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William McKnight

Hello and welcome to my blog!

I will periodically be sharing my thoughts and observations on information management here in the blog. I am passionate about the effective creation, management and distribution of information for the benefit of company goals, and I'm thrilled to be a part of my clients' growth plans and connect what the industry provides to those goals. I have played many roles, but the perspective I come from is benefit to the end client. I hope the entries can be of some modest benefit to that goal. Please share your thoughts and input to the topics.

About the author >

William is the president of McKnight Consulting Group, a firm focused on delivering business value and solving business challenges utilizing proven, streamlined approaches in data warehousing, master data management and business intelligence, all with a focus on data quality and scalable architectures. William functions as strategist, information architect and program manager for complex, high-volume, full life-cycle implementations worldwide. William is a Southwest Entrepreneur of the Year finalist, a frequent best-practices judge, has authored hundreds of articles and white papers, and given hundreds of international keynotes and public seminars. His team's implementations from both IT and consultant positions have won Best Practices awards. He is a former IT Vice President of a Fortune company, a former software engineer, and holds an MBA. William is author of the book 90 Days to Success in Consulting. Contact William at wmcknight@mcknightcg.com.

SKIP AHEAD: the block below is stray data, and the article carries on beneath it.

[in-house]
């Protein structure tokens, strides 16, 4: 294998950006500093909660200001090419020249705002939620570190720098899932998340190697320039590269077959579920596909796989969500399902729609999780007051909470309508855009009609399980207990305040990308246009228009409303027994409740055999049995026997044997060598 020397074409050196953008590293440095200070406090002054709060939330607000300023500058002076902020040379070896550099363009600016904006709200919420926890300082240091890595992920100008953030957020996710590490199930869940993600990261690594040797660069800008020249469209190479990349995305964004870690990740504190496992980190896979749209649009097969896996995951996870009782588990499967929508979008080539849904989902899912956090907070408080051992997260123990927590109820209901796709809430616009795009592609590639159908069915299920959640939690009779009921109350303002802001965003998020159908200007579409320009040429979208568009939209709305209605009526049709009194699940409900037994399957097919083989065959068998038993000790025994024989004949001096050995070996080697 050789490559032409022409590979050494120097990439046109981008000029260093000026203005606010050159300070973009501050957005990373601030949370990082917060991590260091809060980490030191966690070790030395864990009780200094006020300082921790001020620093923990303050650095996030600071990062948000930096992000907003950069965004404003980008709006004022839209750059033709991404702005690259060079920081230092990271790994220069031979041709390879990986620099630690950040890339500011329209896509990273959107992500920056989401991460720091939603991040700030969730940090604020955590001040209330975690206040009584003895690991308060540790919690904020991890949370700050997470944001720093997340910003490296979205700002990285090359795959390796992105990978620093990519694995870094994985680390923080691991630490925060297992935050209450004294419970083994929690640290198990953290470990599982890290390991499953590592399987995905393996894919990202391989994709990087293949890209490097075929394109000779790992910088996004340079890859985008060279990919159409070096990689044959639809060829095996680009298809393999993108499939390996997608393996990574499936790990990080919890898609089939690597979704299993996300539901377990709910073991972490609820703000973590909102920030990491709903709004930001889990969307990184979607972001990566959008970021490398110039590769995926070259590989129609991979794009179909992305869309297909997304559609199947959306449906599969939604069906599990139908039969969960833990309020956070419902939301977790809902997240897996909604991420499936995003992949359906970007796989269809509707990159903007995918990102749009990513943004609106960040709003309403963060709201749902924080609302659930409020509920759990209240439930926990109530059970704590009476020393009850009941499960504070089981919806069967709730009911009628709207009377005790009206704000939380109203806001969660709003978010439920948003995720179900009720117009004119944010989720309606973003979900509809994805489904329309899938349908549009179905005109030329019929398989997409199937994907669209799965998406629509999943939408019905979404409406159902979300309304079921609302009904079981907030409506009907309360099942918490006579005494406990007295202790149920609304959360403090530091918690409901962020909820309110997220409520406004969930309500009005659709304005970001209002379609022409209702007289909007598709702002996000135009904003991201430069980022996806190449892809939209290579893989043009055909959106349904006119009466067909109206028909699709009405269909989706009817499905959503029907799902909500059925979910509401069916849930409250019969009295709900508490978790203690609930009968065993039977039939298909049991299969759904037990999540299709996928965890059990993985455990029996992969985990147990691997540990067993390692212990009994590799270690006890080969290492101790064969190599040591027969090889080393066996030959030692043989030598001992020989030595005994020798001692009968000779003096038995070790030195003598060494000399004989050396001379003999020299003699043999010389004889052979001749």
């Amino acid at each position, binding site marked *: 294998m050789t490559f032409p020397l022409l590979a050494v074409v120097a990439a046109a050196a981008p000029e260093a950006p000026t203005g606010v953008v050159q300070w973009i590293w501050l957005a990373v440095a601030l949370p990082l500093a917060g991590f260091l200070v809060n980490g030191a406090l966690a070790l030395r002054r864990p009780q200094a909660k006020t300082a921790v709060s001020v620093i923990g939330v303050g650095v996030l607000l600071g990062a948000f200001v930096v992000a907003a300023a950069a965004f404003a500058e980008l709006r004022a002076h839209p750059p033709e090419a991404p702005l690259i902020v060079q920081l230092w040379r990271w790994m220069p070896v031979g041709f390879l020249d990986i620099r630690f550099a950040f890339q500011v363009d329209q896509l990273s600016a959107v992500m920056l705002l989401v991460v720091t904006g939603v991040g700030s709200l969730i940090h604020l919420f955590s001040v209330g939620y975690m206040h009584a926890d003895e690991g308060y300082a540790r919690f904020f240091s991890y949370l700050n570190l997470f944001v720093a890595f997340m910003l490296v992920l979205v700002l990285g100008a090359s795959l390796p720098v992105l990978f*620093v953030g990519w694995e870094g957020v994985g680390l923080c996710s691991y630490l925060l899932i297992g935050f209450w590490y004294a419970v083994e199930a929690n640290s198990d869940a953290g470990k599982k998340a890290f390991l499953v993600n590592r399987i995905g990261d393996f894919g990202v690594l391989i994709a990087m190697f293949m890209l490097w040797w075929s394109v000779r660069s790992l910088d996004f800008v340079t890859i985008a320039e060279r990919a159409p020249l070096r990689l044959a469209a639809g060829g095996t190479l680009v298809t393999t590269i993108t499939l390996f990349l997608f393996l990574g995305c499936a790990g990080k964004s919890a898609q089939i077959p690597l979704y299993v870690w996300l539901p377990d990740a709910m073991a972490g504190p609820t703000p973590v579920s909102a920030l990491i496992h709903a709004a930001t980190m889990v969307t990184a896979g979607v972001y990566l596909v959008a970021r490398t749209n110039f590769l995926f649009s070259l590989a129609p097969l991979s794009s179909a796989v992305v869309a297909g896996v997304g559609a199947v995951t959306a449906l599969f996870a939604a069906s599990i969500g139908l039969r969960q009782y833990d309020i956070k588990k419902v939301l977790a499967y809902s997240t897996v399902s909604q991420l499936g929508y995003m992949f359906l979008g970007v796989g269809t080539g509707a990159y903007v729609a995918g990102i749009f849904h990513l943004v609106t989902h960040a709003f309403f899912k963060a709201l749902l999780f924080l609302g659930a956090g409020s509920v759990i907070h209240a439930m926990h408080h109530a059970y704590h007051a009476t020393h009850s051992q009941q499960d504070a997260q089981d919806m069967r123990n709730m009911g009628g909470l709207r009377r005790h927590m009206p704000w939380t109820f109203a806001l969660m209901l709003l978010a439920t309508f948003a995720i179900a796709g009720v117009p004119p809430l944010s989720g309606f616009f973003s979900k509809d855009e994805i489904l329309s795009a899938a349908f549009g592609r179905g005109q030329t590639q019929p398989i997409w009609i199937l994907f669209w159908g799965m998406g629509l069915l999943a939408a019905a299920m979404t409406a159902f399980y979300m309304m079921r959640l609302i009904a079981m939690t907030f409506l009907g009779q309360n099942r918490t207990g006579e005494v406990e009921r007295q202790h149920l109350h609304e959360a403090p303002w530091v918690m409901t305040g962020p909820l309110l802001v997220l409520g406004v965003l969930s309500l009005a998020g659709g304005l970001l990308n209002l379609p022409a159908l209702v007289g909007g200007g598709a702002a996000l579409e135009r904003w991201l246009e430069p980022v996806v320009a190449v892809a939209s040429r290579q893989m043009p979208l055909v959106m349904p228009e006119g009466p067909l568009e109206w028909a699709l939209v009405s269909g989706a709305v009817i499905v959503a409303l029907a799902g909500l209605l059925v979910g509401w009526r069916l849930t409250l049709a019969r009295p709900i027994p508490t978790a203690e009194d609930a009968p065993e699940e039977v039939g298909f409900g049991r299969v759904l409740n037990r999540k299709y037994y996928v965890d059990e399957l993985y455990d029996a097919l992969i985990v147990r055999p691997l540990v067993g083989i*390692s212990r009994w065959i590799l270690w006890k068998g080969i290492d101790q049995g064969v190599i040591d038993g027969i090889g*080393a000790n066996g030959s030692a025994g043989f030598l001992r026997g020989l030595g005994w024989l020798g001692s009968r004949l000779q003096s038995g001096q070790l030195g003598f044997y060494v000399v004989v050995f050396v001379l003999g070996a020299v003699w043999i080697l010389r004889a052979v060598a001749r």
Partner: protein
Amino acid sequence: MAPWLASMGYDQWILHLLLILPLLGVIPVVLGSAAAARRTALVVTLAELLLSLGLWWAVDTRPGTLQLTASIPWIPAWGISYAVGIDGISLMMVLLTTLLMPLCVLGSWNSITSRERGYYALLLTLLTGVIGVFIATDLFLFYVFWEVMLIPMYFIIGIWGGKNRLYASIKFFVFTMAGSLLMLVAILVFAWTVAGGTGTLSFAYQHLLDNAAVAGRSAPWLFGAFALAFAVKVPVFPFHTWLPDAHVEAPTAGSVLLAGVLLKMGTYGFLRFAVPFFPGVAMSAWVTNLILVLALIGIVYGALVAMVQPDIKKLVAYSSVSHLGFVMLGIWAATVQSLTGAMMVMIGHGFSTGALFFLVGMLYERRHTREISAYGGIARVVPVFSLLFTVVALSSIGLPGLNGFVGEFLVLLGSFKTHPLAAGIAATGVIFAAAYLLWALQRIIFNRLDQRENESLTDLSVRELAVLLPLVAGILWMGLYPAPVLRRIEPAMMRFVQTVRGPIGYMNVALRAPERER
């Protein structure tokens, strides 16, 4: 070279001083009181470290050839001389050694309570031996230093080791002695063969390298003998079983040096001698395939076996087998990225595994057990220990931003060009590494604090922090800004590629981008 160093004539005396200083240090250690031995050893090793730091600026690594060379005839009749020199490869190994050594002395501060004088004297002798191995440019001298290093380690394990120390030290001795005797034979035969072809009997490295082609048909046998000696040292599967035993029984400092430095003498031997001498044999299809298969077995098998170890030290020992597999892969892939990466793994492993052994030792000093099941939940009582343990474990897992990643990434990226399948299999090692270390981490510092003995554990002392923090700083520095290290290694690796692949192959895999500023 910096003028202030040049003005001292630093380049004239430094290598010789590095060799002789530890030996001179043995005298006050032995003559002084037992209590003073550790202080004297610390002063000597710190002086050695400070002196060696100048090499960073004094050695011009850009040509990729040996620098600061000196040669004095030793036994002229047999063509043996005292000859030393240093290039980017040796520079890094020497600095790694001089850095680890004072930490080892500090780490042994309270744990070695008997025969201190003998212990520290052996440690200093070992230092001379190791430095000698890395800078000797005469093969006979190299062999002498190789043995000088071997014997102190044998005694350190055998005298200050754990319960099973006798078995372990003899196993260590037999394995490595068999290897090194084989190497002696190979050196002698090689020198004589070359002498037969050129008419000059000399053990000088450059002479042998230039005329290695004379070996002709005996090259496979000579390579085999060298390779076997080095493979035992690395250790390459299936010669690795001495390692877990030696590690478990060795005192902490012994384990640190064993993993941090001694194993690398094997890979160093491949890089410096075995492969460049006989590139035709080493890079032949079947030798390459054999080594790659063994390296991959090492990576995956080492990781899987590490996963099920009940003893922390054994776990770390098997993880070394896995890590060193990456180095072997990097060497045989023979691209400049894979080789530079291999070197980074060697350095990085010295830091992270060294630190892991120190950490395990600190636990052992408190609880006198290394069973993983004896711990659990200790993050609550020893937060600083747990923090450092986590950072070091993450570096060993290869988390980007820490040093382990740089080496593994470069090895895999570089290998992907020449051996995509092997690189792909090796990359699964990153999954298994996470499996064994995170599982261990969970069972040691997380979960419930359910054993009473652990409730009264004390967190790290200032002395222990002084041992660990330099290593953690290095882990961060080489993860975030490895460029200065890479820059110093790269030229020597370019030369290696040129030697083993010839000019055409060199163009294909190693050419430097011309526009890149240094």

Editor's Note: More articles and resources are available in William's BeyeNETWORK Expert Channel. Be sure to visit today!

Other than the fact that by the time I get to the word "service", half of the time I say "solution" instead of service, what about the viability of SAAS?

First, to levelset, SAAS refers to those set of solutions that are 'housed' offsite at the location of the vendor who actually developed the application. If a vendor is hosting all or most of a company's software, well beyond those applications which the vendor built, that is really an outsourcing relationship and falls under different rules. These 2 approaches are seldom compatible since the cost of applications to an outsourcing relationship is usually additive and efficiences are gained from having more applications at the outsourcer.

Back to SAAS, the 3 hallmarks or selling points are (1) no IT involvement, (2) pay-as-you-go with little upfront cost and (3) the vendor takes all responsibility for infrastructure and upgrades - those invasive and non-value-added activities. The perception of SAAS is lower costs, speed to market and no IT. Interest is growing across a range of applications at my clients and much of SAAS is designed to fit within a departmental budget.

Here are some rules of thumb for the consideration of SAAS solutions, BI or otherwise:

1. Check the value proposition of the application.

Of course, this applies to any application, SAAS or otherwise. However, it's worth mentioning that there should be some bottom-line business benefit at some level to actually doing the application in the first place.

2. Ensure scalability

I'm not referring to the expansion of disk, etc. That's assumed to be taken care of by the vendor. I'm referring to the ability to expand the core functionality of the application beyond the provided functionality, which becomes less interesting after the first 60 days.

3. Don't sabotage IT plans